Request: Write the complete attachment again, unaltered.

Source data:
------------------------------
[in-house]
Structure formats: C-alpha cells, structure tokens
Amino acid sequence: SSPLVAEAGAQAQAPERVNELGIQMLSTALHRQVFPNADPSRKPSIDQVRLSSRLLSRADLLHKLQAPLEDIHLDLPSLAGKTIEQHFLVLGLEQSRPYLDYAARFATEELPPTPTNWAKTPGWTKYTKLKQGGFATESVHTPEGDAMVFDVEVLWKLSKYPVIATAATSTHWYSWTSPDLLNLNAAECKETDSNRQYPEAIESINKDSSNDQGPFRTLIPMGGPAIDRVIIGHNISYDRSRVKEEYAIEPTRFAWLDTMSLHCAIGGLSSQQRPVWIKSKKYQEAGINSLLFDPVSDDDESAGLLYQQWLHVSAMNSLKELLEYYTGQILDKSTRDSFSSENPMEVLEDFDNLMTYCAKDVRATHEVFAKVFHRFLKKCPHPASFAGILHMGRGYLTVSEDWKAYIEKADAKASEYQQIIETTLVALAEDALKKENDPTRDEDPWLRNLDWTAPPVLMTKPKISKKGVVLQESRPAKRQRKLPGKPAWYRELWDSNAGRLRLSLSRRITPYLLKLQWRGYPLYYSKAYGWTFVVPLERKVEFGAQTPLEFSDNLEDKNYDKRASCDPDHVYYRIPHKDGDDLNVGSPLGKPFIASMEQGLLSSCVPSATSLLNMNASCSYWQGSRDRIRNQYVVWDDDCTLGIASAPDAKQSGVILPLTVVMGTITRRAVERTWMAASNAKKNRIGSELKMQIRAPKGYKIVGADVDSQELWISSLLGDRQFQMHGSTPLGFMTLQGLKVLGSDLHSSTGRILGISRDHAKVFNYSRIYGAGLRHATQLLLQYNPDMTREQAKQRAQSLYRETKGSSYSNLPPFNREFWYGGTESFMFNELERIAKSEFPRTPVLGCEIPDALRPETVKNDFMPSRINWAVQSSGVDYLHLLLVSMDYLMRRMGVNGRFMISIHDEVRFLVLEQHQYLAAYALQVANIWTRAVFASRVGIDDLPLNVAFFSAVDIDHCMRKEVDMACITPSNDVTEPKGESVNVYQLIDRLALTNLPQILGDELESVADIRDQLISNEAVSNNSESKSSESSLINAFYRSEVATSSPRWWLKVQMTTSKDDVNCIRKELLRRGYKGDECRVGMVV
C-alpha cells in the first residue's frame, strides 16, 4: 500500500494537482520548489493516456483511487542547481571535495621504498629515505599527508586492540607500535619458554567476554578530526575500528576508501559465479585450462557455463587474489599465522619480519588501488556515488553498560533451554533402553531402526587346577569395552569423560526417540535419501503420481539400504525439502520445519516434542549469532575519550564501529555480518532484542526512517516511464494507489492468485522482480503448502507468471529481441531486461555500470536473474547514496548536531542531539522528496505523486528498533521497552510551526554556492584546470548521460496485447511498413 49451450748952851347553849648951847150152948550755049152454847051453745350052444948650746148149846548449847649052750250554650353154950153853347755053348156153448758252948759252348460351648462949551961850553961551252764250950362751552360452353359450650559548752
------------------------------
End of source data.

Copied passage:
[in-house]
Structure formats: C-alpha cells, structure tokens
Amino acid sequence: SSPLVAEAGAQAQAPERVNELGIQMLSTALHRQVFPNADPSRKPSIDQVRLSSRLLSRADLLHKLQAPLEDIHLDLPSLAGKTIEQHFLVLGLEQSRPYLDYAARFATEELPPTPTNWAKTPGWTKYTKLKQGGFATESVHTPEGDAMVFDVEVLWKLSKYPVIATAATSTHWYSWTSPDLLNLNAAECKETDSNRQYPEAIESINKDSSNDQGPFRTLIPMGGPAIDRVIIGHNISYDRSRVKEEYAIEPTRFAWLDTMSLHCAIGGLSSQQRPVWIKSKKYQEAGINSLLFDPVSDDDESAGLLYQQWLHVSAMNSLKELLEYYTGQILDKSTRDSFSSENPMEVLEDFDNLMTYCAKDVRATHEVFAKVFHRFLKKCPHPASFAGILHMGRGYLTVSEDWKAYIEKADAKASEYQQIIETTLVALAEDALKKENDPTRDEDPWLRNLDWTAPPVLMTKPKISKKGVVLQESRPAKRQRKLPGKPAWYRELWDSNAGRLRLSLSRRITPYLLKLQWRGYPLYYSKAYGWTFVVPLERKVEFGAQTPLEFSDNLEDKNYDKRASCDPDHVYYRIPHKDGDDLNVGSPLGKPFIASMEQGLLSSCVPSATSLLNMNASCSYWQGSRDRIRNQYVVWDDDCTLGIASAPDAKQSGVILPLTVVMGTITRRAVERTWMAASNAKKNRIGSELKMQIRAPKGYKIVGADVDSQELWISSLLGDRQFQMHGSTPLGFMTLQGLKVLGSDLHSSTGRILGISRDHAKVFNYSRIYGAGLRHATQLLLQYNPDMTREQAKQRAQSLYRETKGSSYSNLPPFNREFWYGGTESFMFNELERIAKSEFPRTPVLGCEIPDALRPETVKNDFMPSRINWAVQSSGVDYLHLLLVSMDYLMRRMGVNGRFMISIHDEVRFLVLEQHQYLAAYALQVANIWTRAVFASRVGIDDLPLNVAFFSAVDIDHCMRKEVDMACITPSNDVTEPKGESVNVYQLIDRLALTNLPQILGDELESVADIRDQLISNEAVSNNSESKSSESSLINAFYRSEVATSSPRWWLKVQMTTSKDDVNCIRKELLRRGYKGDECRVGMVV
C-alpha cells in the first residue's frame, strides 16, 4: 500500500494537482520548489493516456483511487542547481571535495621504498629515505599527508586492540607500535619458554567476554578530526575500528576508501559465479585450462557455463587474489599465522619480519588501488556515488553498560533451554533402553531402526587346577569395552569423560526417540535419501503420481539400504525439502520445519516434542549469532575519550564501529555480518532484542526512517516511464494507489492468485522482480503448502507468471529481441531486461555500470536473474547514496548536531542531539522528496505523486528498533521497552510551526554556492584546470548521460496485447511498413 49451450748952851347553849648951847150152948550755049152454847051453745350052444948650746148149846548449847649052750250554650353154950153853347755053348156153448758252948759252348460351648462949551961850553961551252764250950362751552360452353359450650559548752